By Marilyn Miller
Former FBI Akron agent Don Adams will be remembered for his public service to the community. He also served as Fairlawn’s police chief, headed a private corporate security firm, wrote a book on the John F. Kennedy assassination and was a founding member and past president of the Aladdin Foundation of Akron, Inc., which grants wishes to children with chronic medical conditions. He was the 2007 Humanitarian Service Award recipient by the Former Agents of the FBI Foundation.
Mr. Adams had many careers in his lifetime, in all, five.
“My dad was a busy man. He had a lot of interests. He enjoyed everything he did. He was always active and energetic and rarely slowed down. He was a wonderful role model, instilling in us good principles and a good work ethic,” said his son, Mark. “He believed in whatever you do, you should do it right and to the best of your capabilities.”
Mr. Adams, 83, died June 14 of respiratory complications.
The family will receive friends from 1 to 5 p.m. on Sunday at Hummel Funeral Home, 500 E. Exchange St. A funeral Mass will be held at 9:30 a.m. Monday at St. Sebastian Church, 476 Mull Ave.
Mr. Adams was born in Barberton. He graduated from Barberton High School in 1948 and from Kent State University in 1955. He spent 3½ years with the Army in Korea and Japan.
He and his wife, the former Jeanette Weems, who died six months ago after 59 years of marriage, have four children: Jeffrey of Willoughby, Dawn of Copley Township and Mark and Douglas, both of Akron.
Mr. Adams sold life insurance with New York Life for eight years before deciding he wanted to be an FBI agent. He spent 10 of his 22 FBI years in the Akron office before he retired at age 51.
In an interview with the Beacon Journal in 1982, he said he relied on the skills he developed as a salesman to help him do his job in the FBI. He just dealt with a different class of customers.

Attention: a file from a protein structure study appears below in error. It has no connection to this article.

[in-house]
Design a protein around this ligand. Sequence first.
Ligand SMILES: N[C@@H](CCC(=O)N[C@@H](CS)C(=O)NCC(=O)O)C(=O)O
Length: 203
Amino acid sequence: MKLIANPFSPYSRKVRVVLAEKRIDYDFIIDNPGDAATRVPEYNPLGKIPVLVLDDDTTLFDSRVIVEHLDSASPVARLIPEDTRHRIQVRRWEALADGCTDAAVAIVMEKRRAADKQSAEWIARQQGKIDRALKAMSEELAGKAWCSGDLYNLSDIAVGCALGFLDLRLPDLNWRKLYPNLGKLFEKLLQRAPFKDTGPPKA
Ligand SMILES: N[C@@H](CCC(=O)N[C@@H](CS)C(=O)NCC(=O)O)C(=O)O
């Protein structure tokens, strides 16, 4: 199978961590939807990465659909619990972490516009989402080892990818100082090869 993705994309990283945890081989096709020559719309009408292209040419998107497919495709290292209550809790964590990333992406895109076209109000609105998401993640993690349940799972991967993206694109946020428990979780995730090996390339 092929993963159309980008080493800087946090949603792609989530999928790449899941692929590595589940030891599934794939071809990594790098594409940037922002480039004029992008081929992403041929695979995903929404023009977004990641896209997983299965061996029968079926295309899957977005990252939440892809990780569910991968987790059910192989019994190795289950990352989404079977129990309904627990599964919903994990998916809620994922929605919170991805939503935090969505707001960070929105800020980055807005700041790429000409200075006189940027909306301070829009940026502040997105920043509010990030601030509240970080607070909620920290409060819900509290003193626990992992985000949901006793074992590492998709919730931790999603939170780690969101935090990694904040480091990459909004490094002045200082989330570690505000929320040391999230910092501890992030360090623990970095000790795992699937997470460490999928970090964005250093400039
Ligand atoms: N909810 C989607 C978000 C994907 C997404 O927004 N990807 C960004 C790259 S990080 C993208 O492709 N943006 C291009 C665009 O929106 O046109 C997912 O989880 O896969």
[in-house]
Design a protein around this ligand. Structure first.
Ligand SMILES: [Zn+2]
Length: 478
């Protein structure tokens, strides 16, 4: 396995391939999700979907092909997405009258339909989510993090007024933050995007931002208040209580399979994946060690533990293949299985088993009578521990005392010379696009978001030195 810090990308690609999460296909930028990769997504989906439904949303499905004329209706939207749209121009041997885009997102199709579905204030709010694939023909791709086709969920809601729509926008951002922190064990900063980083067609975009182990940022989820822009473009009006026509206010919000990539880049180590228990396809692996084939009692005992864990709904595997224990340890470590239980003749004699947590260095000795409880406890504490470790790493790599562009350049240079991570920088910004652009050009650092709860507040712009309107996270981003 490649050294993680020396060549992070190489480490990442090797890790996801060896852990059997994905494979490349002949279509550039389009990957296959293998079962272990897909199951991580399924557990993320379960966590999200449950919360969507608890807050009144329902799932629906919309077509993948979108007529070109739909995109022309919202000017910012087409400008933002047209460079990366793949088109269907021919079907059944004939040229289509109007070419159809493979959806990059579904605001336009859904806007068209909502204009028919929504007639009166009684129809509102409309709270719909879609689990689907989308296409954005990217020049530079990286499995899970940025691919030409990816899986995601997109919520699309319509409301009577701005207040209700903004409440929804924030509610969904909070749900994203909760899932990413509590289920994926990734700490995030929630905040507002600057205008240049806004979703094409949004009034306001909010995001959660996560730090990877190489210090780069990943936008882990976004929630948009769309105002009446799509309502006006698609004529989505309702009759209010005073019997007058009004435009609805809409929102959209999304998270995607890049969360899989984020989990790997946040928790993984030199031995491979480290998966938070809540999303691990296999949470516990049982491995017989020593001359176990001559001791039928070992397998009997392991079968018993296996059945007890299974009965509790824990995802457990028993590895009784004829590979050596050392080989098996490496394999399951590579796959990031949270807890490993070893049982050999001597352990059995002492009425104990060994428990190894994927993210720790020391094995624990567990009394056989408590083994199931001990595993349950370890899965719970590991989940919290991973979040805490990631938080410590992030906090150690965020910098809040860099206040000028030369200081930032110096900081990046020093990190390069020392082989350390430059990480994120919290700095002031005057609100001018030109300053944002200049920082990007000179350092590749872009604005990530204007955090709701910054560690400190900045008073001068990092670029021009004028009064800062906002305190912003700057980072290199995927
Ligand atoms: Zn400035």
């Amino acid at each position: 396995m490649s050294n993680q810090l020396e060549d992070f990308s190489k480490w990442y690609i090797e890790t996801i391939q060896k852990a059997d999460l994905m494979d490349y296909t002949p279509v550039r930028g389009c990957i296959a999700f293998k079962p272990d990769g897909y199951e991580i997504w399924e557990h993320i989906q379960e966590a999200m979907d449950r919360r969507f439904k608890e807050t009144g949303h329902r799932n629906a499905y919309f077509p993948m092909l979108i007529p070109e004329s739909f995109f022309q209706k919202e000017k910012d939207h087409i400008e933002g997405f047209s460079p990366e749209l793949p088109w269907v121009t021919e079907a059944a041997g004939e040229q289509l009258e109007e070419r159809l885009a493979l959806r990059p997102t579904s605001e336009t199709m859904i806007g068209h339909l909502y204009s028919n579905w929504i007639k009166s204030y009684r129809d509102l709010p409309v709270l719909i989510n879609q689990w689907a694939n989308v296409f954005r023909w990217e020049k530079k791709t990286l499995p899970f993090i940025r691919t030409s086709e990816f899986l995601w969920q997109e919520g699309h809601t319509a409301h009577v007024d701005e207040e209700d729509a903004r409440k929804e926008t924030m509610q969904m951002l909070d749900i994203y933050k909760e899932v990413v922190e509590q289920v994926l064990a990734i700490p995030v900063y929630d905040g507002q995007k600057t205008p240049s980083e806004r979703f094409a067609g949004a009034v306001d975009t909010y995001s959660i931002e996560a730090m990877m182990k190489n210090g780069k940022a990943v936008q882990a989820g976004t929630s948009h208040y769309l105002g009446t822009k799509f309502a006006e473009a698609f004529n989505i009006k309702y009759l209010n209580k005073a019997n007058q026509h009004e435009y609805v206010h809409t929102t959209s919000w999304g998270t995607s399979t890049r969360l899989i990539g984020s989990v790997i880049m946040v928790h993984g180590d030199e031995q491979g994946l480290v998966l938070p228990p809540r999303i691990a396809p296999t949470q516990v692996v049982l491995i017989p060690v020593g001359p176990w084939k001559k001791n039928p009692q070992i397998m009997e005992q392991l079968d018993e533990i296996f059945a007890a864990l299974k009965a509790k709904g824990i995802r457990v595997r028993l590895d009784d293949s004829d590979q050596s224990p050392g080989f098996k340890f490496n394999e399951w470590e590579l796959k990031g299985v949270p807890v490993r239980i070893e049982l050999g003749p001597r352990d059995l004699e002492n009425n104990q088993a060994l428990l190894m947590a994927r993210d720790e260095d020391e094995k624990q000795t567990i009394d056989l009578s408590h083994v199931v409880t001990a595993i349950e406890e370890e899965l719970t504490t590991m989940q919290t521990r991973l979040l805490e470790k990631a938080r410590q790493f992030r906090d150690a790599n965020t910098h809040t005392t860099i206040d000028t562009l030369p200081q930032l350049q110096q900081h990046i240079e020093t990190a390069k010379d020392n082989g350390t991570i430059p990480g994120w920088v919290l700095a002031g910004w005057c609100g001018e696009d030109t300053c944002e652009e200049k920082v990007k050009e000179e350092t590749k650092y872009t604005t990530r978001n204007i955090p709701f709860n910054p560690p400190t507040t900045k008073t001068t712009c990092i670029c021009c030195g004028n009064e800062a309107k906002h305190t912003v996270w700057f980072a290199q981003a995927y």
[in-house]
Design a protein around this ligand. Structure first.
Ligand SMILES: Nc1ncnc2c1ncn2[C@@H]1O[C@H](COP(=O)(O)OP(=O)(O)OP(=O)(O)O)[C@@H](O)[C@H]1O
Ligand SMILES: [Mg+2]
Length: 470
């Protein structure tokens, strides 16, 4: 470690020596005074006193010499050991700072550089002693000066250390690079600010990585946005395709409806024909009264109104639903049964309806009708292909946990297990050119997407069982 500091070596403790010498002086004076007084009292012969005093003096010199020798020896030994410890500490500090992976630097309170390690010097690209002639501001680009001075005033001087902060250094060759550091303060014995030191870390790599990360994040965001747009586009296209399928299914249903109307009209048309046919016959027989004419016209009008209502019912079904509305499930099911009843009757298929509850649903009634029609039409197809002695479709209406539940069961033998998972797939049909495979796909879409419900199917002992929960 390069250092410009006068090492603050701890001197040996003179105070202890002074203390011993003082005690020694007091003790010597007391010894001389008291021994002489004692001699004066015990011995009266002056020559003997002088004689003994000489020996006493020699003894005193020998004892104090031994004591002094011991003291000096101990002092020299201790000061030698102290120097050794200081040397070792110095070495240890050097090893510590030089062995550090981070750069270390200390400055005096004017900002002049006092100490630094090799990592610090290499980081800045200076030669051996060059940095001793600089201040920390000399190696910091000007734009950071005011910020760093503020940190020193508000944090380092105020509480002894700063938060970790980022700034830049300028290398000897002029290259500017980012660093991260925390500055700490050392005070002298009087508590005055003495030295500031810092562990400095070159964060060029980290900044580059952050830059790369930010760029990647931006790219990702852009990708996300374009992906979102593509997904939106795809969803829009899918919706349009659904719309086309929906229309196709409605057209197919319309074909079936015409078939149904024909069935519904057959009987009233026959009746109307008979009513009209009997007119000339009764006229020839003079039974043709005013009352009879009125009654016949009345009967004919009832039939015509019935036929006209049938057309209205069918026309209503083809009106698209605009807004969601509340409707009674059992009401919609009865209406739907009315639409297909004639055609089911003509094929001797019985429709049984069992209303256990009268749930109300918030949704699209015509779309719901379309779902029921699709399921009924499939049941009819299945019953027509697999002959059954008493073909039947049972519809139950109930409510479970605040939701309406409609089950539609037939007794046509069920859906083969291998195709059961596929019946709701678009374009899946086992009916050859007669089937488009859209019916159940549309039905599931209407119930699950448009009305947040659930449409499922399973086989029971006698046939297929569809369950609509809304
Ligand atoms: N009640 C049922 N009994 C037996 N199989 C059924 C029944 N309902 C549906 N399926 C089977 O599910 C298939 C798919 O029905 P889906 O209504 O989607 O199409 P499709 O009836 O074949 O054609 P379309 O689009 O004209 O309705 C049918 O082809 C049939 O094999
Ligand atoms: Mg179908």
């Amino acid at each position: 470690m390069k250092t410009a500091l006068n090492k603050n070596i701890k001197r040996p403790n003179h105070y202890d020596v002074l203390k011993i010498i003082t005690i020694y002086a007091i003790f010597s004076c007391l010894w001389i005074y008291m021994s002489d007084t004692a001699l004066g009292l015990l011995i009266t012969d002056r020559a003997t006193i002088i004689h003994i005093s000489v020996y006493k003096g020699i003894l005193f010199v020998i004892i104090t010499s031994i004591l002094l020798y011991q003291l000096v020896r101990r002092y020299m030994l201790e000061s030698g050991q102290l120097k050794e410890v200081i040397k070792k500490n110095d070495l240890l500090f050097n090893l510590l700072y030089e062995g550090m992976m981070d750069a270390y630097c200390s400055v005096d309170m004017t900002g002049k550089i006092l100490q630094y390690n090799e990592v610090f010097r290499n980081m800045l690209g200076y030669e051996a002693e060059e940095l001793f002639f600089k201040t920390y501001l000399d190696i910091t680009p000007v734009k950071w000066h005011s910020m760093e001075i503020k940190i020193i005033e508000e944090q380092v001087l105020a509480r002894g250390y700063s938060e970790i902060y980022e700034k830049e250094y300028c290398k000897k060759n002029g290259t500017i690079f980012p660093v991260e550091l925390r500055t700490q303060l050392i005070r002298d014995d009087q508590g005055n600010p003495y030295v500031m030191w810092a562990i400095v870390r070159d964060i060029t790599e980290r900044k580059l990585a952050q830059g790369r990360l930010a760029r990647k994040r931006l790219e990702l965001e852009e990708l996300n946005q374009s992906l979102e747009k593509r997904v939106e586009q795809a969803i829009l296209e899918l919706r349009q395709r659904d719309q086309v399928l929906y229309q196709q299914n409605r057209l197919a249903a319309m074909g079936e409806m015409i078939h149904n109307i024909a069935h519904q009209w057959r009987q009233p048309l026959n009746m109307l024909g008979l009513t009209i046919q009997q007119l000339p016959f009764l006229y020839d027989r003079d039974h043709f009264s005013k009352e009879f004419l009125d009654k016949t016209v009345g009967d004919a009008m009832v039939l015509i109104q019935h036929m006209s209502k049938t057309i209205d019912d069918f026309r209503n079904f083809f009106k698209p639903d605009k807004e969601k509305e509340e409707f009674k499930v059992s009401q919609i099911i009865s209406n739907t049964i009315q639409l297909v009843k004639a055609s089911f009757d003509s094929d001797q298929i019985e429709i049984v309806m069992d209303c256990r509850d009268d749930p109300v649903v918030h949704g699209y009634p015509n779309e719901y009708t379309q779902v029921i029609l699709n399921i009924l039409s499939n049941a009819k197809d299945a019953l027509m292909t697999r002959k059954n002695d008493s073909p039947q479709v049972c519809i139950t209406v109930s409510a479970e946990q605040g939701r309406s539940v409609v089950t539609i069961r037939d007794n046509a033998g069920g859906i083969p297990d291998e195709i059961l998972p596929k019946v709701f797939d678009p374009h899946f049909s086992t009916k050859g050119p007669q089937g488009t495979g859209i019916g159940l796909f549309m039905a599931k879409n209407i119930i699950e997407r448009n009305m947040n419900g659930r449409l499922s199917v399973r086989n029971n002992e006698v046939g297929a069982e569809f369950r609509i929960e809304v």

Mr. Adams was known for his head-on techniques.
He said he remembered his father, Arthur Adams, who was a former Akron police detective, telling him that if someone owned something, he would become angry or combative if accused of stealing it, but would grow defensive or resort to denials if he really stole it.
He would list all the reasons he thought the person committed the crime and would confront them with his list. He would build a case against the person, convict them and put them in prison. He never lost a case.
“You’d be surprised how much weight it carried to show someone you had overwhelming evidence against them,” he told the Beacon. “You have to be honest with a man. In my father’s words: You’re only as good as your word, and your word is your bond.”
While asked to serve on a task force to choose a new police chief in Fairlawn, former Mayor Pete Kostoff didn’t have to look far before asking Mr. Adams to fill the position.
“Chief Adams served at a pivotal time in the city of Fairlawn’s history [1993-1996],” he said.
Mayor Bill Roth, who worked with Mr. Adams for about a year and a half, said Mr. Adams’ entire career was giving back and public service.
“He cared for our community,” the mayor said. “He was a good mentor to many of the officers, including his son.”
Lt. Mark Adams has been on the Fairlawn Police force for 30 years and considers it his dream career. He said he knows his father loved being a law enforcement officer, too, and that his grandfather molded that inner drive in his father.
Mark is a third generation police officer, but said it goes to the fourth generation, because his son is a police officer in Wilmington, N.C.
Mark said when his father retired as police chief, he headed up a security firm for 10 years, then retired again. But when a friend sent him a report on the JFK assassination, he started reflecting on the subject and his past research in November 1963 as an FBI agent and ended up writing a book, From an Office Building with a High-Powered Rifle.
“He never believed Lee Harvey Oswald was the shooter,” Mark said. “One of his FBI assignments was to investigate a man, [Joseph Milteer] who had threatened to assassinate the president who claimed Kennedy would be killed from an office with a high-powered rifle. He found out that the man was in Dallas when the president was shot, but was always puzzled as to why he had limited access to the man.
Marilyn Miller can be reached at 330-996-3098 or email@example.com.